Written records from about 800 BC to the first century BC (the “pre-Axumite” period, or the period of the Kingdom of D’mt) are confined to the names of kings found on carvings. However, the Axumite period (from the first century BC to 640 AD) is relatively well documented. The Axumite Kingdom represents a significant peak of Ethiopian civilization, and spans the era of the conversion of the ruling dynasty to Christianity in the 4th century AD. It was considered to be a very advanced civilization by the Roman Empire. In fact, the Roman Emperor Constantine declared that citizens of Axum were to be considered equal with citizens of Rome. Constantine, and Ezana, the Ethiopian “King of Kings” (for that title was in use even then) made Christianity the religion of their kingdoms.

In the ancient and revered tradition of Ethiopian Orthodox Christians, there are three fundamental symbolic demonstrations or manifestations of humanity’s intimate relationship and connection with the Divine, and these are called the Three Zions.

The First Zion is the Temple of Solomon in Israel which according to the Bible was the first temple of Jerusalem’s Jews and is thought to have been constructed around 832 BC. During its history, it was repeatedly attacked and sacked. According to Jewish religious tradition, before its final destruction by Rome in 70AD, the Temple had in Solomon’s time been the repository for the fabled Ark of the Covenant. Subsequent Jewish scriptures say that the Ark will remain hidden until God gathers His People (the Tribe of Judah) together again. Jews today believe that the temple of Solomon will (must) be rebuilt before the coming of the Antichrist (the Jewish Messiah). Indeed, contemporary Orthodox Jews pray three times a day for the restoration of Solomon’s Temple. Adherents of the Orthodox faith in Ethiopia believe that according to prophecy when the Temple is rebuilt again one door is reserved for the Lion of Judah, Christ, to open it again.

The Second Zion which we have already discussed in some detail is Mary and the Church of Saint Mary of Zion in Axum.

The Third Zion is The Lion of Judah who represents the return of Jesus Christ in fulfillment of Biblical prophecy of his coming to rule again.  Since the 4th century AD, all Ethiopian sovereigns give their Crown to the Church of St Mary of Zion in traditional adherence and submission to this belief. In fact, the Ethiopian Imperial Crest depicts an empty throne waiting in expectation for the return of Christ and the rule of right and justice.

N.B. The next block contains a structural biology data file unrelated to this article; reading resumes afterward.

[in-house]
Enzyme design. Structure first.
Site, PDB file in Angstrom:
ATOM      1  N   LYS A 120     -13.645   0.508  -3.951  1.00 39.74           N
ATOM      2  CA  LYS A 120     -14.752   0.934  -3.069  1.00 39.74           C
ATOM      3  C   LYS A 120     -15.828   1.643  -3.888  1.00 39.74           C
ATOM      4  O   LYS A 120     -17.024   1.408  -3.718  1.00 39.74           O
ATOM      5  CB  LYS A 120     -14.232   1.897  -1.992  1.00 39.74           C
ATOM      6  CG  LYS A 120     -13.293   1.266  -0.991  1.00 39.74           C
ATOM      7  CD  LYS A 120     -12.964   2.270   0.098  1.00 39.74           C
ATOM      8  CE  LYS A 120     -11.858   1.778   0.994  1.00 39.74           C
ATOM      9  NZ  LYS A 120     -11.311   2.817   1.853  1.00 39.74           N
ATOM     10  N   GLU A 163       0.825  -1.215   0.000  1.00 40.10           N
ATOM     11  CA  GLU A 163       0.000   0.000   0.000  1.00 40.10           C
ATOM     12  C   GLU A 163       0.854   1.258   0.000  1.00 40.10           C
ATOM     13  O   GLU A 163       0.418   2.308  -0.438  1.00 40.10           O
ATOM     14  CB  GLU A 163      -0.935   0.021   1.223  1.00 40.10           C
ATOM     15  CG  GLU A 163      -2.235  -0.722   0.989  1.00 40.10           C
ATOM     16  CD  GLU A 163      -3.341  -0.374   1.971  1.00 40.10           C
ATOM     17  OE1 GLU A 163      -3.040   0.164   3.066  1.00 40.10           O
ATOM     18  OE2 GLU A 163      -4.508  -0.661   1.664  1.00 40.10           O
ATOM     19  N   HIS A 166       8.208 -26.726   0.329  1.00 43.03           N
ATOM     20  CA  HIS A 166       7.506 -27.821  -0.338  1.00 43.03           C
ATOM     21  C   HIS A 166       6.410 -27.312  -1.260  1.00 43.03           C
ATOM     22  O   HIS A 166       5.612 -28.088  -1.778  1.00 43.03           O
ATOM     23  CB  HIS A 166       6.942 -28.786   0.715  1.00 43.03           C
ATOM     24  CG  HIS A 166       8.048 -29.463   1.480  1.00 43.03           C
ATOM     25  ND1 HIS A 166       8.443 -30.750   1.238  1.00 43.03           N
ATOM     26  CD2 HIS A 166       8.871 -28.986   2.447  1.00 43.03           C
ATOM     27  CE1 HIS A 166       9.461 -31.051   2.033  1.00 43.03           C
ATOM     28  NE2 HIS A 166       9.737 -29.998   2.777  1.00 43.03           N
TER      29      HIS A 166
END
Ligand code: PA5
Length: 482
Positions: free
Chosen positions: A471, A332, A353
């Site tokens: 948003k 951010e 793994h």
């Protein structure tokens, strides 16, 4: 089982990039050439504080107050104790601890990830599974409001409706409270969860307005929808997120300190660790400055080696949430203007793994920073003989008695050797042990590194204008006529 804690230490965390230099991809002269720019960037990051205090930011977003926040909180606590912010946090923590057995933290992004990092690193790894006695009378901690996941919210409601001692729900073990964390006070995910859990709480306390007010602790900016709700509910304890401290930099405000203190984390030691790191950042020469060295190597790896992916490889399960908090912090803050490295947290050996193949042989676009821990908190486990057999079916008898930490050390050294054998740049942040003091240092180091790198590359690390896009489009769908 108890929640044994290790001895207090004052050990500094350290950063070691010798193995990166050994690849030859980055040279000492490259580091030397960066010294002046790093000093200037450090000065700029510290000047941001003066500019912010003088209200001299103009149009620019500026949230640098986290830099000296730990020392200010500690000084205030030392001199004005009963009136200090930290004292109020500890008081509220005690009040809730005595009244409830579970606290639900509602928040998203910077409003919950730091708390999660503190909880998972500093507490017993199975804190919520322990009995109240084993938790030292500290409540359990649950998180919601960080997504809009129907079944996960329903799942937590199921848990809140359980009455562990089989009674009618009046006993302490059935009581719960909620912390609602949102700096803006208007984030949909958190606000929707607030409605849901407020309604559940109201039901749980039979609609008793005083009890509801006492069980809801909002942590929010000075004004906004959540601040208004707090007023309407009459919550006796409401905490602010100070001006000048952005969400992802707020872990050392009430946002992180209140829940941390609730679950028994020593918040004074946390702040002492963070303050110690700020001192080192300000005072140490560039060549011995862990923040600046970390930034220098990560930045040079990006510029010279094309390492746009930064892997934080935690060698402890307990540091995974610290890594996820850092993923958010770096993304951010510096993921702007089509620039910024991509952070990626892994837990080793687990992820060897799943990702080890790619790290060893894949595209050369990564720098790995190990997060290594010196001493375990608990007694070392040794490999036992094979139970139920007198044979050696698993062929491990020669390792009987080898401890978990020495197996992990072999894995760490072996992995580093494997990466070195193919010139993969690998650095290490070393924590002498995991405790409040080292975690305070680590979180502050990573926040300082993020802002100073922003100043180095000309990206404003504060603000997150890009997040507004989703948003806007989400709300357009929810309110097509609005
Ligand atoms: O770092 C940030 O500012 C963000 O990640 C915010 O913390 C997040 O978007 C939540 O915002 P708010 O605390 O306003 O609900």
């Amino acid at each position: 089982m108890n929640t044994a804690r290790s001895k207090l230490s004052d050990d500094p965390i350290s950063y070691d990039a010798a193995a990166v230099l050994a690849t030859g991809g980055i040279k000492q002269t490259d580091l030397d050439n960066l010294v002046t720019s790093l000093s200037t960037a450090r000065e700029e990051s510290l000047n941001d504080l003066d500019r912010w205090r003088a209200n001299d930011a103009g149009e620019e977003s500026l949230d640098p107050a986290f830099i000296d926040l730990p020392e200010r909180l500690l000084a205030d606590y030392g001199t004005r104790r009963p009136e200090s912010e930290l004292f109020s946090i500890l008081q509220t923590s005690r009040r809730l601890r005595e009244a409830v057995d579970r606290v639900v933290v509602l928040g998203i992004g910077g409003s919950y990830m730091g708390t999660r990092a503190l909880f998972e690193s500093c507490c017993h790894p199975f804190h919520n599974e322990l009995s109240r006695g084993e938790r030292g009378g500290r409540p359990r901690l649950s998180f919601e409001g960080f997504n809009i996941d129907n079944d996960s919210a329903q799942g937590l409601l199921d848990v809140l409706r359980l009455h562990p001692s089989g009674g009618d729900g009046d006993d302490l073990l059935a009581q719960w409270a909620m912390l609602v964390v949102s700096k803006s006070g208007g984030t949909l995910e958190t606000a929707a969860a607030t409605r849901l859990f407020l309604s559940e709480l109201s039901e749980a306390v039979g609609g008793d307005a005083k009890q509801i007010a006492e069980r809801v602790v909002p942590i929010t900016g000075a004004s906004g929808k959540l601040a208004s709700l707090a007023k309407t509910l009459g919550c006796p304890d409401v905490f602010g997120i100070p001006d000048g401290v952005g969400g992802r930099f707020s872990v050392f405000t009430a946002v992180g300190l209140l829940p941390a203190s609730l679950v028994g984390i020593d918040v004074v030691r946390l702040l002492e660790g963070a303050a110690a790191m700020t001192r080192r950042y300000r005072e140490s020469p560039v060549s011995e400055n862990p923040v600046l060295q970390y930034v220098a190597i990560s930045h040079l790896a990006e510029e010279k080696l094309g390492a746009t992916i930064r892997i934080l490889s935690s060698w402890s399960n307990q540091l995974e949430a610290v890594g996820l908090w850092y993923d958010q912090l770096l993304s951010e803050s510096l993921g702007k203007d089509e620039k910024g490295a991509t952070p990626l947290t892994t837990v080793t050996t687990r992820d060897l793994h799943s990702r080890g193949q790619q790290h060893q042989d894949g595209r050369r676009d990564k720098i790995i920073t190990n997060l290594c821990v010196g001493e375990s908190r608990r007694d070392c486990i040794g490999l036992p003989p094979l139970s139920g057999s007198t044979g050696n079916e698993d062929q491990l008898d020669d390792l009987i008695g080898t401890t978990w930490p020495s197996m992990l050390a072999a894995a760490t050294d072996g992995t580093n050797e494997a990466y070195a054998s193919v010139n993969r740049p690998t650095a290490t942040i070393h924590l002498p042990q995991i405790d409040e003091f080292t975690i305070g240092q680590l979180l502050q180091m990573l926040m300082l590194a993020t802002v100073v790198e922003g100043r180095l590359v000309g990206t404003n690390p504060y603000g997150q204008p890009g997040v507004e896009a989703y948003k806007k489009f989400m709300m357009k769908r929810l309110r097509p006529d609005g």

The Rastafari movement is a contemporary, monotheistic, political-religious movement evolved in the slums of Kingston, Jamaica, from fundamentally Christian roots and culture. In Trenchtown’s mean and overweening environment of poverty, depression, racism and class discrimination, the Rasta message of black pride, freedom from oppression, and hope of return to the African homeland found fertile soil, and it was within this milieu, from the 1930s onward, that the Rastafarian movement developed its distinctive style of language, hairstyle, art and music.

Although popularly believed to have originated on November 2, 1930, with the investiture of the Emperor Haile Selassie I, Rastafari was actually first inspired by a 1920s nationalist movement founded by Marcus Garvey, a Jamaican publicist, organizer, and Black Nationalist considered by his followers a prophet and second John the Baptist.

Though there is significant variation within the Rastafari movement, there is little or no formal organization. Undeniably, some Rastafarians see Rasta more as a way of life than a religion. Rastas do not claim sects or denominations, but encourage one another to seek faith and inspiration within themselves. The central and uniting themes, however, of this highly diverse movement are an enduring belief in the divinity and messiahship of Ethiopian Emperor Haile Selassie I, the influence of Jamaican culture, resistance to oppression, and pride in African heritage.

For Rastafarians, Haile Selassie is considered to be Jah (God) and is seen as both the reincarnation of Christ and the lion mentioned in the Bible’s Book of Revelation. He is therefore, “The Lion of Judah.” Beyond biblical allegory and metaphor, Rastas also see the lion as being symbolic of strength against the oppression that they have endured. Thus for Rastafarians, the lion is both symbolic and iconic. The lion can be found on the Rastafarian flag, and many other items associated with Rastafari. The name “Rastafari” derives from the pre-regnal title and given name of Emperor Haile Selassie I — the Amharic Ras (literally “Head, or “Leader of Men”) and Tafari, The Emperor’s pre-regnal given name.